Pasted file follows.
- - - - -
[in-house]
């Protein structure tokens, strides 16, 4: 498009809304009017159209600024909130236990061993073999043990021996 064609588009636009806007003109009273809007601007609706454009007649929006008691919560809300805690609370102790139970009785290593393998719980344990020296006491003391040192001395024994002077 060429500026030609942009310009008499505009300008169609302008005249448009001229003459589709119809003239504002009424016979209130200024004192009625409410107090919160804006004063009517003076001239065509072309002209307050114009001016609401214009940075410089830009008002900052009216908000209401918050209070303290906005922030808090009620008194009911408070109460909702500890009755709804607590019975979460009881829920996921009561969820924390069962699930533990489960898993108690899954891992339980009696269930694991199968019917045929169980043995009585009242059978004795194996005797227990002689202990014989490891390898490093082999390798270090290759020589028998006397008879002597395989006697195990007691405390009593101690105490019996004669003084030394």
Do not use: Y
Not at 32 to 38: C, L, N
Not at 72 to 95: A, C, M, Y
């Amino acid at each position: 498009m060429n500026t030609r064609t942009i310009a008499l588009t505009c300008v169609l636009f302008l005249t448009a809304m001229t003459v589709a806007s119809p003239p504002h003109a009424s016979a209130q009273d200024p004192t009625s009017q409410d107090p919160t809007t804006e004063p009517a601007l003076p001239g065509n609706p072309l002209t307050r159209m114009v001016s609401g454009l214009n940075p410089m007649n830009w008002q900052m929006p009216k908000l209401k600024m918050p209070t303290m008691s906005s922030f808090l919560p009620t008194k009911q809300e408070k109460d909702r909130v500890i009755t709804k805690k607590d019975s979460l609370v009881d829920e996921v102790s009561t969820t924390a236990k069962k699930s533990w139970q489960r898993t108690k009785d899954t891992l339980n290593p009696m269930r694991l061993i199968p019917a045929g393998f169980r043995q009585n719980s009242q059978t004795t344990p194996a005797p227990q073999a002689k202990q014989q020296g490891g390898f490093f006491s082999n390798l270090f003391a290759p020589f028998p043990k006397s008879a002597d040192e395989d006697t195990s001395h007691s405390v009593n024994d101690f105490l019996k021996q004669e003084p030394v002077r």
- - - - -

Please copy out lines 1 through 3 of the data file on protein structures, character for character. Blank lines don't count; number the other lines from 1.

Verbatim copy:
[in-house]
């Protein structure tokens, strides 16, 4: 498009809304009017159209600024909130236990061993073999043990021996 064609588009636009806007003109009273809007601007609706454009007649929006008691919560809300805690609370102790139970009785290593393998719980344990020296006491003391040192001395024994002077 060429500026030609942009310009008499505009300008169609302008005249448009001229003459589709119809003239504002009424016979209130200024004192009625409410107090919160804006004063009517003076001239065509072309002209307050114009001016609401214009940075410089830009008002900052009216908000209401918050209070303290906005922030808090009620008194009911408070109460909702500890009755709804607590019975979460009881829920996921009561969820924390069962699930533990489960898993108690899954891992339980009696269930694991199968019917045929169980043995009585009242059978004795194996005797227990002689202990014989490891390898490093082999390798270090290759020589028998006397008879002597395989006697195990007691405390009593101690105490019996004669003084030394």
Do not use: Y